MMS 2011 LABS POWERED BY HYPER-V, SYSTEM CENTER & HP...

MMS 2011 LABS POWERED BY HYPER-V, SYSTEM CENTER & HP...

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Virtualization Nation,

We just completed a great week at MMS 2011 in Las Vegas. To say it was a busy week would be a huge understatement. To everyone that attended, our sincere thanks.

I spoke to a lot of folks at the show and the feedback was overwhelmingly positive. Whether it was the announcements for:

  • System Center Virtual Machine Manager 2012 Beta
  • System Center Configuration Manager 2012 Beta
  • System Center Advisor Beta
  • The final release of Windows Intune
  • The sneak peek at System Center Codename “Concero”

…or the fact that every product in the System Center portfolio is being revved this year, everyone’s excited to see what the System Center 2012 releases have to offer. As usual, the hands-on labs and instructor-led labs continue to be some of the most popular offerings at MMS. MMS Labs offer folks the opportunity to kick the tires on all of the existing and newly released and Beta products. As usual the lines started early.

MMS 2010: Quick Refresher

For the second year in a row, all of the MMS Labs were 100% virtualized using Windows Server 2008 R2 Hyper-V and managed via System Center by our partners at XB Velocity and using HP servers and storage. MMS 2010 was the first year all of the labs were provided via virtualization. In previous years, the MMS Labs were all delivered using physical servers. To say moving from physical to virtual was a huge success would be an understatement. Here are a few apposite stats comparing MMS 2009 to MMS 2010 last year:

Power reduction of 13.9x on the servers:

  • MMS 2009: 570 servers * 200 watts per server = 114,000 watts
  • MMS 2010: 41 servers * 200 watts per server = 8,200 watts

Power reduction of 6.3x on the clients:

  • MMS 2009: Rich clients: 650 clients * 120 watts per client = 78,000 watts
  • MMS 2010: Thin clients: 650 clients * 19 watts per client = 12,350 watts

Finally, a total of 40,000 VMs were delivered over the course of MMS 2010 on 3 racks of servers. (Technically, it was 6 half racks, but since we used full racks this time, I’m calling it 3 racks so we’re making an apples to apples comparison…)

MMS 2010 Labs went so smoothly, that a similar setup was used for TechEd 2010, which performed just as well. After setting the bar so high, the team eagerly took on the challenge of improving on last year with MMS 2011. Specifically,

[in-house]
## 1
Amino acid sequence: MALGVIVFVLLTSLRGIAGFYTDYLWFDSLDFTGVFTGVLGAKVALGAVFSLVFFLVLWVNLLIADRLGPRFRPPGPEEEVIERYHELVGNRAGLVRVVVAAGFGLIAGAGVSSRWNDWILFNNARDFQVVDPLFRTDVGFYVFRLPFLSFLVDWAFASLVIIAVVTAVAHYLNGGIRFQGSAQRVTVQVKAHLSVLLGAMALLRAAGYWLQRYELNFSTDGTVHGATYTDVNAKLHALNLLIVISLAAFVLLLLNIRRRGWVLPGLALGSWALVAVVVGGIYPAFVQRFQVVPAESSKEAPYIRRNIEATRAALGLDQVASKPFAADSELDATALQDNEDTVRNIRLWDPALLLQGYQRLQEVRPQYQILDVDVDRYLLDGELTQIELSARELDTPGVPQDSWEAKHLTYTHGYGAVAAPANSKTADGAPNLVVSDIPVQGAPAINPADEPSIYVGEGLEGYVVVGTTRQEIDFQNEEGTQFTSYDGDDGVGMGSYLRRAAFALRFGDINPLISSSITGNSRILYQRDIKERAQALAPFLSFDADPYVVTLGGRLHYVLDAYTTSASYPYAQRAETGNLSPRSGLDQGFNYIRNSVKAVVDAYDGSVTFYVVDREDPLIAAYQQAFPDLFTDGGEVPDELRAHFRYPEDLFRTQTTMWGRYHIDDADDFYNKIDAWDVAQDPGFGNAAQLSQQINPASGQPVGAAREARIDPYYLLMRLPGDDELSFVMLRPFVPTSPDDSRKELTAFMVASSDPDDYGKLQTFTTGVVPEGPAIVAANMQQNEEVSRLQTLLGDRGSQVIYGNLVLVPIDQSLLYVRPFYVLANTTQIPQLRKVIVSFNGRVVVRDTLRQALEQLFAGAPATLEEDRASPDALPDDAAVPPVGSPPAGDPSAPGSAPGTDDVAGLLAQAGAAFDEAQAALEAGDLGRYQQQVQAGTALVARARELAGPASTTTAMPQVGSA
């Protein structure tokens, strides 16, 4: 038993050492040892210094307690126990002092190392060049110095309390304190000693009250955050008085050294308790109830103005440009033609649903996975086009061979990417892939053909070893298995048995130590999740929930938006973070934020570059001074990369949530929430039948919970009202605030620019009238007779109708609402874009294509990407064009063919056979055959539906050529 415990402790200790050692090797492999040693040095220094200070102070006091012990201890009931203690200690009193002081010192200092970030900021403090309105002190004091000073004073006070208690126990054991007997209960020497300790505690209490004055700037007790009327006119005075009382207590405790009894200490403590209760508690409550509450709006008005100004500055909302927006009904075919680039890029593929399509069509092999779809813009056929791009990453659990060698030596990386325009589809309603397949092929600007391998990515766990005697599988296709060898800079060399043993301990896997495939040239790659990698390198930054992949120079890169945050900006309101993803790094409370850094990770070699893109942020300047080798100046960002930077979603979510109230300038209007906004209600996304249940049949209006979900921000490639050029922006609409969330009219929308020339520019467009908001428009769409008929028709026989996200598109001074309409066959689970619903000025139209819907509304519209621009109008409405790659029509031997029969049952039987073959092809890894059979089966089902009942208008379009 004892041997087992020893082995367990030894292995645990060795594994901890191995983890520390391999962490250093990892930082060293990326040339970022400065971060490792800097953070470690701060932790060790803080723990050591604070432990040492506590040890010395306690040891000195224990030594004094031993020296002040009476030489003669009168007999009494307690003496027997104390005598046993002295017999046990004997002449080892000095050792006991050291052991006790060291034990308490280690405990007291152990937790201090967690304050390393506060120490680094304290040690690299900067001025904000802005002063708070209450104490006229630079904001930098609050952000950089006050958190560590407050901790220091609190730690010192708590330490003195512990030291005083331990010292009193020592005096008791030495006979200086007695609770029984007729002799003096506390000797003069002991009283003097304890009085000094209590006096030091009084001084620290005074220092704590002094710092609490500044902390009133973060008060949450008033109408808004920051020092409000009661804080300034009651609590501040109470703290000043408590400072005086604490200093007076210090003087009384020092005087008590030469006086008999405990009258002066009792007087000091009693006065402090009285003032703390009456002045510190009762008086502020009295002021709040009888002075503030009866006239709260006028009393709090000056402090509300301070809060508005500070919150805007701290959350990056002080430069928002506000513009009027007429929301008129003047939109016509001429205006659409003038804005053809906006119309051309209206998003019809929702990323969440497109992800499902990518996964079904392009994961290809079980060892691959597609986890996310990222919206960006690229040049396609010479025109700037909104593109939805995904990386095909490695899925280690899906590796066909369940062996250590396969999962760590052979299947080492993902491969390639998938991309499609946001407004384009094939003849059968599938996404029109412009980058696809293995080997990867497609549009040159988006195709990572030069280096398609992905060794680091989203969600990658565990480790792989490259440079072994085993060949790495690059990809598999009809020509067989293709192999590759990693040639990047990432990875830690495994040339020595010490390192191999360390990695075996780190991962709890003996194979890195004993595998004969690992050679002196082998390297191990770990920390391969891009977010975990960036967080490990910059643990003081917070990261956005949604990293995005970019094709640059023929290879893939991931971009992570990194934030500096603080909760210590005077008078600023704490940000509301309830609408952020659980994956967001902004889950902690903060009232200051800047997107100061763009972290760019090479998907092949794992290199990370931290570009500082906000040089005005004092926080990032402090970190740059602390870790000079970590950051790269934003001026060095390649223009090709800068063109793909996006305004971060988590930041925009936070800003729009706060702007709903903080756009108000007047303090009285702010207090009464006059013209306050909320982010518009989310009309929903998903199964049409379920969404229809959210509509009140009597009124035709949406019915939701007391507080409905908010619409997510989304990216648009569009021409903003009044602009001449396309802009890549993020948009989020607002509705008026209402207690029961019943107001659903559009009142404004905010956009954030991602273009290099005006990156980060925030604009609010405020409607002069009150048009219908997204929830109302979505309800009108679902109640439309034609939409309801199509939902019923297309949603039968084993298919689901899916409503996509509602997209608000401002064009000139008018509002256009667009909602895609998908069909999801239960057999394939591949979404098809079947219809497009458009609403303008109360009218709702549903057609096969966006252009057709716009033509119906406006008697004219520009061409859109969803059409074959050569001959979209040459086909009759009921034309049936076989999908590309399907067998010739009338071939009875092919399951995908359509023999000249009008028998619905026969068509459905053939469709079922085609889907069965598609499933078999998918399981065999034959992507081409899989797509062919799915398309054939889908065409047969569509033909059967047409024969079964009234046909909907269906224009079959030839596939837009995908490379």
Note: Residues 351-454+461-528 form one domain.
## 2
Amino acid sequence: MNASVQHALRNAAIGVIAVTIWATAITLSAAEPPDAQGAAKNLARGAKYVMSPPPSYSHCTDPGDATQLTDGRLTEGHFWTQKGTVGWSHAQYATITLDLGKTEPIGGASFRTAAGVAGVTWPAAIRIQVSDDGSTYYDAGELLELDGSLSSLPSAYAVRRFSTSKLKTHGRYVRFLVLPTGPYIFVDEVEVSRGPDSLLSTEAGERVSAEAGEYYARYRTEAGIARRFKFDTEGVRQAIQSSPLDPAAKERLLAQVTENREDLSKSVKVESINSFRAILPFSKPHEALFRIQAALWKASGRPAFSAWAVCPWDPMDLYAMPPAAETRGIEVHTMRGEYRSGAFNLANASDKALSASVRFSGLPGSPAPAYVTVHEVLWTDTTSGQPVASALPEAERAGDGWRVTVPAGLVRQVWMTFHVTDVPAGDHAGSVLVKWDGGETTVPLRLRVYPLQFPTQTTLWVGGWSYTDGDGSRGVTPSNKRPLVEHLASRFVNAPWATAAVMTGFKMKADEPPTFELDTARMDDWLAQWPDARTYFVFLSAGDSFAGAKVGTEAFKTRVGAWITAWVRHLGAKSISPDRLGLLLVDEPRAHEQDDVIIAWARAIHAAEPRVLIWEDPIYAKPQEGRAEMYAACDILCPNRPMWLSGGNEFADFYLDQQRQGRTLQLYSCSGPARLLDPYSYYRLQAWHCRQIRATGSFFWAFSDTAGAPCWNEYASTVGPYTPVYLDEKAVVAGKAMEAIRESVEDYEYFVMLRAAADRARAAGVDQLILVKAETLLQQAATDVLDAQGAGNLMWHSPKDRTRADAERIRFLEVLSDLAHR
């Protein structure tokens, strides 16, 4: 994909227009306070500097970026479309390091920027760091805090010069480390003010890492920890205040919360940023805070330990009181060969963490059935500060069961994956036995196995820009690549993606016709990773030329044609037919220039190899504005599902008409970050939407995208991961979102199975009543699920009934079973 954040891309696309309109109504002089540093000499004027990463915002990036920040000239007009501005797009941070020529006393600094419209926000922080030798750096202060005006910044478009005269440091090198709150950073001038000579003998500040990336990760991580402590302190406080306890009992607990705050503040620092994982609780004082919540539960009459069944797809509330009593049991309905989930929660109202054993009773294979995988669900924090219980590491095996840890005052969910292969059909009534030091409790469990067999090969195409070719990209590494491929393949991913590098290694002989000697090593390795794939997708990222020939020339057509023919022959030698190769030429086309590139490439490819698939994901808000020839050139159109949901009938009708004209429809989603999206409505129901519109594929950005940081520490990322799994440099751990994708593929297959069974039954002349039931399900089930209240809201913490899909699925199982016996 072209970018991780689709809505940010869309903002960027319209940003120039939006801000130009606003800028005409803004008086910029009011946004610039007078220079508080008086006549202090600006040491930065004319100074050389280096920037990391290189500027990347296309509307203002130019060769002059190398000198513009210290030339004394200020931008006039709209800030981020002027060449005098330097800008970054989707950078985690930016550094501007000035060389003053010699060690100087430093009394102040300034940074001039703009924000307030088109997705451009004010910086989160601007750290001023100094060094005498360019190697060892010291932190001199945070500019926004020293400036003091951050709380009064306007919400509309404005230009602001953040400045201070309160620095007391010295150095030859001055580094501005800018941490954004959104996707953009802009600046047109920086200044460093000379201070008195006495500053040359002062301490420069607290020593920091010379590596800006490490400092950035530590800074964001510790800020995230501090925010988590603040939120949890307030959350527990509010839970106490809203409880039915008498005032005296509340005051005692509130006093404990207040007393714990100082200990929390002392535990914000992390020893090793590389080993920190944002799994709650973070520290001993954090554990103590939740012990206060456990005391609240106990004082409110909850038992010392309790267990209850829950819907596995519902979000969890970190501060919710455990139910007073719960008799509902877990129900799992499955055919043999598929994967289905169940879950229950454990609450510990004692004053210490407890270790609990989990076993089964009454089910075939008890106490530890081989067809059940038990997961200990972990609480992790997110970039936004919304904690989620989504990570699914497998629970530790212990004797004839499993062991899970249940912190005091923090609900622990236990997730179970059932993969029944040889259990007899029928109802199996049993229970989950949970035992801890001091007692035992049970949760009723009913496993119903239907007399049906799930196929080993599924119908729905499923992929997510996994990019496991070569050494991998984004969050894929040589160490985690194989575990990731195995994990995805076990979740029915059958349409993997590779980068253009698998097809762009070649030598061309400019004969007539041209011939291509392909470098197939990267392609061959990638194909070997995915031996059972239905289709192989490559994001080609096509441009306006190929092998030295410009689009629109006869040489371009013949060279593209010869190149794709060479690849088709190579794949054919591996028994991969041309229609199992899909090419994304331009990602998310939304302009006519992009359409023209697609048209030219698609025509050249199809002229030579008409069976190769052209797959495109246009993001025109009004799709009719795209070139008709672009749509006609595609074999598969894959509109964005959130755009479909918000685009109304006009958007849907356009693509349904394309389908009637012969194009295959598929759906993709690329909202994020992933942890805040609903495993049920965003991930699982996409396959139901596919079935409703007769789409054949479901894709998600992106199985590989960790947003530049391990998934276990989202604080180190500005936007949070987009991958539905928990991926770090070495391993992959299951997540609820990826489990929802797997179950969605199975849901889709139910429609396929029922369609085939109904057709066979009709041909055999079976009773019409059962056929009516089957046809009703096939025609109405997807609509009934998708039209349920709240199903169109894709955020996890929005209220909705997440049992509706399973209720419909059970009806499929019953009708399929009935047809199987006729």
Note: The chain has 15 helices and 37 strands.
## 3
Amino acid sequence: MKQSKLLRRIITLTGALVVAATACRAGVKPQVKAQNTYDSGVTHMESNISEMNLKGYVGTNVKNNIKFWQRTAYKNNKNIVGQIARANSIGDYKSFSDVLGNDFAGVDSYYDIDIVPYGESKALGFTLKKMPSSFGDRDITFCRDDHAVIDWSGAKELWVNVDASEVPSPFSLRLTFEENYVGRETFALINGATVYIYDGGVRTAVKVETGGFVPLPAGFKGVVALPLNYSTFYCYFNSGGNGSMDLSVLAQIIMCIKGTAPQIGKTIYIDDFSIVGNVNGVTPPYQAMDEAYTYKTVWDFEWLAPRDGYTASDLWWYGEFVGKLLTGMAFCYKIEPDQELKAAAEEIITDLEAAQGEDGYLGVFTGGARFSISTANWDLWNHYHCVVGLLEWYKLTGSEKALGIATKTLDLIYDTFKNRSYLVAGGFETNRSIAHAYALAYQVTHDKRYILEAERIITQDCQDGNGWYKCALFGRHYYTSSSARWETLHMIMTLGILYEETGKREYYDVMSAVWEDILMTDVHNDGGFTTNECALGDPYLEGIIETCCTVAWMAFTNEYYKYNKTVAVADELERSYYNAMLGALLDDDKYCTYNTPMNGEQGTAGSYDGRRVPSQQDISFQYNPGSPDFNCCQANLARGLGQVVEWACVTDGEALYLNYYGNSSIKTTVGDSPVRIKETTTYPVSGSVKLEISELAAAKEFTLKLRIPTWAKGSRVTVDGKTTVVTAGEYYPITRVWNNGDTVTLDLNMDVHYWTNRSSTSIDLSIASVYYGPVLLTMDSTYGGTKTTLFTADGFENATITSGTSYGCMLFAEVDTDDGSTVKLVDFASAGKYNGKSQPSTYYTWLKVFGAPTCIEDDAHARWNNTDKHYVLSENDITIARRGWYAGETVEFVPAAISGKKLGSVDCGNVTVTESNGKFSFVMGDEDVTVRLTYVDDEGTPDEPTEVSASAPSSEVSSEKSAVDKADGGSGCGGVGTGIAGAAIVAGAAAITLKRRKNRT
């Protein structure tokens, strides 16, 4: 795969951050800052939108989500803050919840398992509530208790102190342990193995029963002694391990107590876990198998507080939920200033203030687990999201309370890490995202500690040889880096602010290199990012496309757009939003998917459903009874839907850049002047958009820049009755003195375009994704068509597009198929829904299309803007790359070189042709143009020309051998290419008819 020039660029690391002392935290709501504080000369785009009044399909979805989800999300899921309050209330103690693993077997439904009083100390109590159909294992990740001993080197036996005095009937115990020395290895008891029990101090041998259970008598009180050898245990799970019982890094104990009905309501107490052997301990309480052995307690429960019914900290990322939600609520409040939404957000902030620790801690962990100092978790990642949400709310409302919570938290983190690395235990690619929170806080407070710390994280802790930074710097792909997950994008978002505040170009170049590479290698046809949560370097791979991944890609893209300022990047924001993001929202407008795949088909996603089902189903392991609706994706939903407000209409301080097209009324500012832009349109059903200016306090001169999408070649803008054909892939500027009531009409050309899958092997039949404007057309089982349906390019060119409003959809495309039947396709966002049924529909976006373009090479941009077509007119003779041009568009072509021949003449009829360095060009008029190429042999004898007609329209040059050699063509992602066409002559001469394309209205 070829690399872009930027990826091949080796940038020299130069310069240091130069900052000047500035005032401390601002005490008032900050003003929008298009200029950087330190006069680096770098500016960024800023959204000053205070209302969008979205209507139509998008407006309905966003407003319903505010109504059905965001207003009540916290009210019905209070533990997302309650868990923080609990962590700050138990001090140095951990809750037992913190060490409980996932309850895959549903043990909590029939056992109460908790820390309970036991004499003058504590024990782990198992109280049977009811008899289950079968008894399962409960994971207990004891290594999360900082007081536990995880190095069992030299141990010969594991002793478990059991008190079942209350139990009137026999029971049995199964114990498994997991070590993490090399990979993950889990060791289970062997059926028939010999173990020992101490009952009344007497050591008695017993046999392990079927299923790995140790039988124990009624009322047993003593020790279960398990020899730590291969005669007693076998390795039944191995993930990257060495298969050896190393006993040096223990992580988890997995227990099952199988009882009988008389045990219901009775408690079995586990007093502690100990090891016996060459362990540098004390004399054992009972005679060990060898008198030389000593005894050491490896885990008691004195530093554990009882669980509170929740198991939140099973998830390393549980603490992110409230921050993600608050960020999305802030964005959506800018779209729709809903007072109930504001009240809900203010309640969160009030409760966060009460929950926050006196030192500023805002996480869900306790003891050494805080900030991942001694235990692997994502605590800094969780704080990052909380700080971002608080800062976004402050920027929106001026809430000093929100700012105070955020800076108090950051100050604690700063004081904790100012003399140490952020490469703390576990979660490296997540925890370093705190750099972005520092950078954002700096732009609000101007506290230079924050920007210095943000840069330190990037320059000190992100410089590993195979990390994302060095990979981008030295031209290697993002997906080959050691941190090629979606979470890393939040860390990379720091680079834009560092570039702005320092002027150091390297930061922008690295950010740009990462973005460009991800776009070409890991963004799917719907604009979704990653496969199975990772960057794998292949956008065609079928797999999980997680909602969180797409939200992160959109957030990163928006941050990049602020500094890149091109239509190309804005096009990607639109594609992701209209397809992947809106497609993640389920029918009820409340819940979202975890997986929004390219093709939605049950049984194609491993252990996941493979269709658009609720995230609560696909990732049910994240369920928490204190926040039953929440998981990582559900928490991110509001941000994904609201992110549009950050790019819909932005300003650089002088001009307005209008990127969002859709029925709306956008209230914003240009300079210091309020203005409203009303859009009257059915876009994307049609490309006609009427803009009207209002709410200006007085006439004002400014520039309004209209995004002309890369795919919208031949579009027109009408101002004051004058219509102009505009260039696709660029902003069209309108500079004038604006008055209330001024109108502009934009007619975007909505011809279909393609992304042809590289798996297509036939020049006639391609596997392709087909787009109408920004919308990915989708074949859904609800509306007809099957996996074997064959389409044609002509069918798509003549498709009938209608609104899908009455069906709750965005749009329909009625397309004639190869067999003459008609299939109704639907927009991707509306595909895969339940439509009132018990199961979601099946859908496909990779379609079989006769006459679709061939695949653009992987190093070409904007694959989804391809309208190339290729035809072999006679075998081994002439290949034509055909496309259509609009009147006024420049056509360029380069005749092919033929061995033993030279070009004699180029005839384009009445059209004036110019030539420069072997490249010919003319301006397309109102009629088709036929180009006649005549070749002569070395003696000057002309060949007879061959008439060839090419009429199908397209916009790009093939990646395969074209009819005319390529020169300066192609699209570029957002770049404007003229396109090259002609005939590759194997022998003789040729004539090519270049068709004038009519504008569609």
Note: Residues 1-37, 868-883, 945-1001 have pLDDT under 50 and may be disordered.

• Could we reduce the physical footprint further from 3 racks?
  • Could we reduce power consumption further?
  • Could we reduce the cabling?
  • How would Windows Server 2008 R2 SP1 Dynamic Memory impact the labs?

MMS 2011: Servers

Last year, we used HP ProLiant DL380 G6 Rack Servers. This year we decided to use HP BL460c G7 Blades in a c7000 enclosure. Moving to HP’s BladeSystem allowed us to:

  • Pack in more servers in less space with greater core counts and symmetric multi-threading
  • Take advantage of HP Flex-Fabric and Virtual Connect for flexible networking and simplify cabling

From a memory standpoint, each blade was populated with 128 GB of memory the same as in each rack server last year. However, since we were using fewer servers this year (32 this year versus 41 last year) the total memory was reduced by over 1 Terabyte. At the same time, we delivered more labs running more virtual machines than ever.

 >>  By using Windows Server 2008 R2 SP1 Dynamic Memory, we were able to reduce the physical memory footprint by over 1 Terabyte and still deliver more labs running more virtual machines than ever. That’s a saving of ~$80,000.  <<

Hyper-V Dynamic Memory rocks!

By making these changes, the team reduced the number of racks from 3 to 2. Here’s the side-by-side comparison of MMS 2010 versus MMS 2011 from a server standpoint:

 

You can see that across the board and in every possible metric, the MMS 2011 servers are a significant improvement over last year. The systems are more powerful, offer greater scalability, improved performance, reduced power consumption, and fewer cables to manage; and they reduced the physical footprint by a third.

MMS 2011: Storage

Last year the team used local disks in every server. This year, they decided to change their storage strategy. Here’s what they did.

  • Each blade was configured with two local disks (RAID1) for booting Windows Server 2008 R2 SP1 Hyper-V.
  • Each blade included a 320 GB HP I/O Accelerator Mezzanine Card. Differencing disks for all the running virtual machines resided on the I/O Accelerator Card. This provided a drastic improvement in IOPS.
    • Each card delivers over 145,000 IOPS
    • Read: 750 MB/s; Write: 550 MB/s
  • Employed an EVA 4400 Fiber Channel SAN populated with 48, 15K RPM, 300 GB drives. The SAN housed the VHDs for all the labs.